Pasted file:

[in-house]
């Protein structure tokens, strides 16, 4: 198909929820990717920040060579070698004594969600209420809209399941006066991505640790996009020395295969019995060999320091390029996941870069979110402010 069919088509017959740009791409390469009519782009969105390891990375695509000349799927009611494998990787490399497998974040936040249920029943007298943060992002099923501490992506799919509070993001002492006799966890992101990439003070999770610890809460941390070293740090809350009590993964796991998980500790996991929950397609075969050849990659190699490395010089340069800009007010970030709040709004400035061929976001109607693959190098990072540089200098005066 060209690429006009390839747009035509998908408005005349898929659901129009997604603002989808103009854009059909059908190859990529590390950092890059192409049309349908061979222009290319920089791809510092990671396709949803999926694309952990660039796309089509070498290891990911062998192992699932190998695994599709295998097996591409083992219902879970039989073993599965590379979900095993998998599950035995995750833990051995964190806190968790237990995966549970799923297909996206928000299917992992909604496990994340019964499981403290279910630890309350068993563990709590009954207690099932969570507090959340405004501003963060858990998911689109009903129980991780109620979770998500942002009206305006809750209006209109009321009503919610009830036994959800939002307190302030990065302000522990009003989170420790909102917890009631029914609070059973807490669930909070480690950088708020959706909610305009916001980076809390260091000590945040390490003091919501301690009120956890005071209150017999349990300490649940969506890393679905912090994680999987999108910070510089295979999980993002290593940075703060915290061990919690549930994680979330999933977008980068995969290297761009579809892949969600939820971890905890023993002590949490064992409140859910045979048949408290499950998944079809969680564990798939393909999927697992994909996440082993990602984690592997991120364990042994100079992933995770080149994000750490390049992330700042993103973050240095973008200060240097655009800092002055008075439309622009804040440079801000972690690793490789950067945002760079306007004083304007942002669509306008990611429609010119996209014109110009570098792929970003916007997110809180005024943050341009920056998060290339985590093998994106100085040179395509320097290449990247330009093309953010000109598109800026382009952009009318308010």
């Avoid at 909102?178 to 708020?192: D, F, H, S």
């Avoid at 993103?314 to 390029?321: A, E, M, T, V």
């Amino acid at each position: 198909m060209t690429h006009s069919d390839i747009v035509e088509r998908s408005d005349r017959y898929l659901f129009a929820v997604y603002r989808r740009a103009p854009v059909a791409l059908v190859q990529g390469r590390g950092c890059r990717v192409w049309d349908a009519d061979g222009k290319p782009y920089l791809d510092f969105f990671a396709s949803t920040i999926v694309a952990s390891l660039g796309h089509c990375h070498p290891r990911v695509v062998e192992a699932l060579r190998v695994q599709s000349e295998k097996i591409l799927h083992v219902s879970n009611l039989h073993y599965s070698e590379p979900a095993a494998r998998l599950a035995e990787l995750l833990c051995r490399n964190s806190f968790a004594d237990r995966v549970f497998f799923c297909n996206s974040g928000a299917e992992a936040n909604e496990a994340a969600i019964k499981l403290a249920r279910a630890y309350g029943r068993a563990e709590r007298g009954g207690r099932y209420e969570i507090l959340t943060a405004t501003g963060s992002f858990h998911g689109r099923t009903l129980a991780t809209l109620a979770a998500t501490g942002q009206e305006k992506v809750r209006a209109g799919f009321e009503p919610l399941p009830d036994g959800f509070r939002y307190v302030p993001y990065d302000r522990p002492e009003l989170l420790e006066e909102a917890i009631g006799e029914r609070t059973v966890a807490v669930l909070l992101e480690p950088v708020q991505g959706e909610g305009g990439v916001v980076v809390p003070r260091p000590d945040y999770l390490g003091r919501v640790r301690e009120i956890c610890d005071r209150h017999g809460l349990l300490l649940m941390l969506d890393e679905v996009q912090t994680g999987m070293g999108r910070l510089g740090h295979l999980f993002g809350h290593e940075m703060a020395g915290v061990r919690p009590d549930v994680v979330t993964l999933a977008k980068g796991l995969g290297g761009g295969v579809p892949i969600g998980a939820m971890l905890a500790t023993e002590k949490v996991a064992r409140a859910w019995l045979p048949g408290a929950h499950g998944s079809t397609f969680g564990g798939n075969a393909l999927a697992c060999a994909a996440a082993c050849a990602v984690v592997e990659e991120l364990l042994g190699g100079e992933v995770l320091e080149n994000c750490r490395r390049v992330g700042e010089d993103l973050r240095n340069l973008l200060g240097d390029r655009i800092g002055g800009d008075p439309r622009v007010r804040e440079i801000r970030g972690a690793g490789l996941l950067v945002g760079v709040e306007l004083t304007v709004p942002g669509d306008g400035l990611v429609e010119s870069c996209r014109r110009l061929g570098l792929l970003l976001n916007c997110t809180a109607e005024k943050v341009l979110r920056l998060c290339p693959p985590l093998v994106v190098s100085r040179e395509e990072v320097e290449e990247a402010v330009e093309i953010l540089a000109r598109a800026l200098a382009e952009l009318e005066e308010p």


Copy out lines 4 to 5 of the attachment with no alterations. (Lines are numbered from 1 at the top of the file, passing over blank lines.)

């Avoid at 993103?314 to 390029?321: A, E, M, T, V």
């Amino acid at each position: 198909m060209t690429h006009s069919d390839i747009v035509e088509r998908s408005d005349r017959y898929l659901f129009a929820v997604y603002r989808r740009a103009p854009v059909a791409l059908v190859q990529g390469r590390g950092c890059r990717v192409w049309d349908a009519d061979g222009k290319p782009y920089l791809d510092f969105f990671a396709s949803t920040i999926v694309a952990s390891l660039g796309h089509c990375h070498p290891r990911v695509v062998e192992a699932l060579r190998v695994q599709s000349e295998k097996i591409l799927h083992v219902s879970n009611l039989h073993y599965s070698e590379p979900a095993a494998r998998l599950a035995e990787l995750l833990c051995r490399n964190s806190f968790a004594d237990r995966v549970f497998f799923c297909n996206s974040g928000a299917e992992a936040n909604e496990a994340a969600i019964k499981l403290a249920r279910a630890y309350g029943r068993a563990e709590r007298g009954g207690r099932y209420e969570i507090l959340t943060a405004t501003g963060s992002f858990h998911g689109r099923t009903l129980a991780t809209l109620a979770a998500t501490g942002q009206e305006k992506v809750r209006a209109g799919f009321e009503p919610l399941p009830d036994g959800f509070r939002y307190v302030p993001y990065d302000r522990p002492e009003l989170l420790e006066e909102a917890i009631g006799e029914r609070t059973v966890a807490v669930l909070l992101e480690p950088v708020q991505g959706e909610g305009g990439v916001v980076v809390p003070r260091p000590d945040y999770l390490g003091r919501v640790r301690e009120i956890c610890d005071r209150h017999g809460l349990l300490l649940m941390l969506d890393e679905v996009q912090t994680g999987m070293g999108r910070l510089g740090h295979l999980f993002g809350h290593e940075m703060a020395g915290v061990r919690p009590d549930v994680v979330t993964l999933a977008k980068g796991l995969g290297g761009g295969v579809p892949i969600g998980a939820m971890l905890a500790t023993e002590k949490v996991a064992r409140a859910w019995l045979p048949g408290a929950h499950g998944s079809t397609f969680g564990g798939n075969a393909l999927a697992c060999a994909a996440a082993c050849a990602v984690v592997e990659e991120l364990l042994g190699g100079e992933v995770l320091e080149n994000c750490r490395r390049v992330g700042e010089d993103l973050r240095n340069l973008l200060g240097d390029r655009i800092g002055g800009d008075p439309r622009v007010r804040e440079i801000r970030g972690a690793g490789l996941l950067v945002g760079v709040e306007l004083t304007v709004p942002g669509d306008g400035l990611v429609e010119s870069c996209r014109r110009l061929g570098l792929l970003l976001n916007c997110t809180a109607e005024k943050v341009l979110r920056l998060c290339p693959p985590l093998v994106v190098s100085r040179e395509e990072v320097e290449e990247a402010v330009e093309i953010l540089a000109r598109a800026l200098a382009e952009l009318e005066e308010p």